Photo: Mohammed Ali Abdo Ahmed/Shutterstock

A New Six-Country Visa Means Easier Travel to the Middle East

Middle East News
by Suzie Dundas May 21, 2024

Thanks to a brand-new visa just announced for some countries on the Persian Gulf, traveling through growing tourist countries like Qatar and the UAE just got far easier.

The Gulf Cooperation Council (GCG) recently shared more details about the upcoming “GCG Grand Tours,” visa, which will allow visa holders to travel freely through partner countries Oman, Qatar, Saudi Arabia, the United Arab Emirates (UAE), Kuwait, and Bahrain. The partnership was announced at a Middle East travel trade show by the UAE Minister of Economy Abdulla bin Touq Al Marri. The idea behind the visa is to allow visitors to travel throughout all six countries and only show their passport upon arrival at airport customs. It’ll likely be similar to Europe’s “Schengen Area,” which allows visitors to move between 17 countries without showing their passport or identification when crossing boarders.

Currently, you’ll need separate visas to country hop, and most allow you to stay only 30 days or less. (Bahrain’s is only two weeks, and you can stay for up to three months in Kuwait or Saudi Arabia). The new visa will allow visitors to stay longer than 30 days, though the exact length is yet to be announced. It’ll make it easier for visitors to quickly travel though the region and explore additional countries on the Persian Gulf. The visa website is still under development and doesn’t yet list an application cost, though it says it will launch in December 2024.

The Grand Tours Visa is a major step in an ongoing effort to grow tourism in the Persian Gulf. In 2019, Saudi Arabia removed most of its laws around dress codes for women and introduced a speedy e-visa process for western travelers, and Qatar invested big in tourism when it hosted the 2022 FIFA World Cup. Cities like Dubai and Abu Dhabi in the UAE have become synonymous with some of the biggest, tallest, and most impressive man-made tourist destinations in the world, and the Burj Khalifa’s Atmosphere Restaurant serves the world’s highest cocktails.

Where to go with the new Middle East visa

Holders of the new shared visa will be able to move around the various sites and cities in the six countries quicker and easier than ever before, allowing visitors to fit more sightseeing into one trip. Fortunately, even a single country in the Gulf Cooperation Council has plenty to fit a vacation, so with six at your fingertips, the hardest part will be figuring out how long you can be away.

AlUla, Saudi Arabia

arch rock alula saudi arabia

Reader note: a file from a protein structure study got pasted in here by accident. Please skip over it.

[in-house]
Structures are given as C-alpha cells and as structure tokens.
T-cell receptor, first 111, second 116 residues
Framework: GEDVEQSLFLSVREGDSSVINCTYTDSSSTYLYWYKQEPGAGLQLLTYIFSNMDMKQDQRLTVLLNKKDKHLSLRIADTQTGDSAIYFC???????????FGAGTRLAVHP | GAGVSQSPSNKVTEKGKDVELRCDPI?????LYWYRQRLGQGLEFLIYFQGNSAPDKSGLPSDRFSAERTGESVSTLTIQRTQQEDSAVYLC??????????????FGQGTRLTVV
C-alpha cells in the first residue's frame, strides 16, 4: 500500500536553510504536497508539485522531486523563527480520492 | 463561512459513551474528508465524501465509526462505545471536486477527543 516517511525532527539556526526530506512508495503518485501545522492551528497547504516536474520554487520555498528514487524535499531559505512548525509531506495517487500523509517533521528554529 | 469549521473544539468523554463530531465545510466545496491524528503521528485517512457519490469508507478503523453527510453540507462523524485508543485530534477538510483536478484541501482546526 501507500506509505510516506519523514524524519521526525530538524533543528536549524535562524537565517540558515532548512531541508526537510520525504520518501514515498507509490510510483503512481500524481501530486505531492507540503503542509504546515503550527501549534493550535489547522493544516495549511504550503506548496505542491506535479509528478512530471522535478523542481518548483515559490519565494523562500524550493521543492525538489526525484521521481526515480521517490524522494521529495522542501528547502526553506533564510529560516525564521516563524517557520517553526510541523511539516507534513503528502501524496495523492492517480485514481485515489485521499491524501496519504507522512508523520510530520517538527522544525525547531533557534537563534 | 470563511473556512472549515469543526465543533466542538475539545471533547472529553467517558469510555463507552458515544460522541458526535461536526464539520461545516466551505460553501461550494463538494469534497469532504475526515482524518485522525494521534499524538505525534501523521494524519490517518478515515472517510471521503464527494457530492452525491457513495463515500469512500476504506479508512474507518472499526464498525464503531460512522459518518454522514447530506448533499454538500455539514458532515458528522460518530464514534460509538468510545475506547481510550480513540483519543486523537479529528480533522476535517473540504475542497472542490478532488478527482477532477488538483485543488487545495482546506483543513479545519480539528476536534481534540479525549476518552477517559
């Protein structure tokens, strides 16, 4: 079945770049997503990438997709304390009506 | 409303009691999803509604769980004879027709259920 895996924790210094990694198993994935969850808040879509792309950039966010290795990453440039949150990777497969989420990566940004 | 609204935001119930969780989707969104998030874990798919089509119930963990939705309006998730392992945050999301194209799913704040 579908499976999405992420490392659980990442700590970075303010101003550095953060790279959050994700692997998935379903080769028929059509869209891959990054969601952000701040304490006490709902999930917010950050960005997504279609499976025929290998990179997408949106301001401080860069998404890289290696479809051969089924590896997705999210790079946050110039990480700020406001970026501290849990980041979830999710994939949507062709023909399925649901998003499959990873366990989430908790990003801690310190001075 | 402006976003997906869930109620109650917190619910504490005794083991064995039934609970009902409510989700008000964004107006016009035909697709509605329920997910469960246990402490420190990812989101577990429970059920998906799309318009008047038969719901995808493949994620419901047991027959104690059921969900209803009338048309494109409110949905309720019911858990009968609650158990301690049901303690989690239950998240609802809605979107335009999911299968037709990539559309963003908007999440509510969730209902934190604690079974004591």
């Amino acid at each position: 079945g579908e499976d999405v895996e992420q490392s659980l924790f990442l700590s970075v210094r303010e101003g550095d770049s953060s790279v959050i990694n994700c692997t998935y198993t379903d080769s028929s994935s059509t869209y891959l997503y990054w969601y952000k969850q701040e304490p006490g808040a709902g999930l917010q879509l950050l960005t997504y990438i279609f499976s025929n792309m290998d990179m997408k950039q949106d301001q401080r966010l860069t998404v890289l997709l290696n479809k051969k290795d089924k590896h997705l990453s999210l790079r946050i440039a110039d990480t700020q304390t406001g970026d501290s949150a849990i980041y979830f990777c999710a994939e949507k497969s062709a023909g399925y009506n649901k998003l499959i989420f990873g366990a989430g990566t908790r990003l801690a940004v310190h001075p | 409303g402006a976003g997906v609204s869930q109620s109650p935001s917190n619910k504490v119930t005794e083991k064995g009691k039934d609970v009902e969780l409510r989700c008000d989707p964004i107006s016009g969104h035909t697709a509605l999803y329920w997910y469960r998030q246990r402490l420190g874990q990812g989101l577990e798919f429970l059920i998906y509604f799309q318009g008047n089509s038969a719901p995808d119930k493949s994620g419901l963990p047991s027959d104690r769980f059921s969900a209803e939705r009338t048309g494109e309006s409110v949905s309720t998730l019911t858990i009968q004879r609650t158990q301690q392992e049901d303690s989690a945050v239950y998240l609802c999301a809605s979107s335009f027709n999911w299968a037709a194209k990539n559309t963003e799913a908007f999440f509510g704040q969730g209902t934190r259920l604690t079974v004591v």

Arch Rock in AlUla, Saudi Arabia. Photo: Biddulph Photography/Shutterstock

In the northwest corner of Saudi Arabia is AlUla, a UNESCO World Heritage Site that transcends time. Once a vital crossroads on the incense trade route, it’s now a captivating destination where ancient history collides with modern luxury. The town hides layers upon layers of history and cultures, and is near Hegra, where Nabataean tombs were meticulously carved into cliffs 2,000 years ago. Old Town Alula offers a chance to see what life was like in Saudi Arabia thousands of years ago, with traditional dining, city tours, and gorgeous hotels like the Banyan Tree AlUla’s tented villas or the absolutely stunning Our Habitas AlUla, built into an ancient canyon.

Doha, Qatar

souq waqif in Doha qatar

Souq Waqif in Doha. Photo: Marius Dobilas/Shutterstock

Doha, the capital of Qatar, is a fascinating city, with modern skyscrapers casting shadows over traditional souqs more or less unchanged over the centuries.  History buffs can delve into the nation’s rich past at the National Museum of Qatar, housed in a stunning, desert rose-inspired building, and art enthusiasts will find treasures at the Museum of Islamic Art, home to an extensive collection spanning centuries.

You’ll also want to make time to wander the labyrinthine alleys of Souq Waqif, a traditional marketplace overflowing with spices, perfumes, and handcrafted souvenirs. (And yes, haggling with friendly vendors is all part of the experience, regardless of your language skills). Just outside of the city, travelers can explore sand dunes, lounge at a beach club, or go stargazing under a canopy of stars at the unique Outpost al Barari glamping resort.

Oman’s Wadi hiking trails

middle east visa - oman Wadi Bani Khalid

Wadi Bani Khalid. Photo: elesi/Shutterstock

Oman’s wadis (verdant canyons carved by ancient floods) offer a unique backdrop for adventurous hikers. Trails wind through towering cliffs several millennia old, with the occasional lush palm groves for shade and off-and-on scent of frankincense. Hiking in Oman can range from gentle strolls to multi-day tours with camping in between.

Wadi Bani Khalid, for instance, is a popular choice with its easily accessible swimming holes. The more adventurous can tackle Wadi Shab, which requires a short boat ride followed by a hike through knee-deep water and narrow passages to reach a hidden cave with a cascading waterfall. Hiking is a developing industry in the country, but guiding companies like Bike & Hike Oman or Oman Trekking Guides can lead the way.

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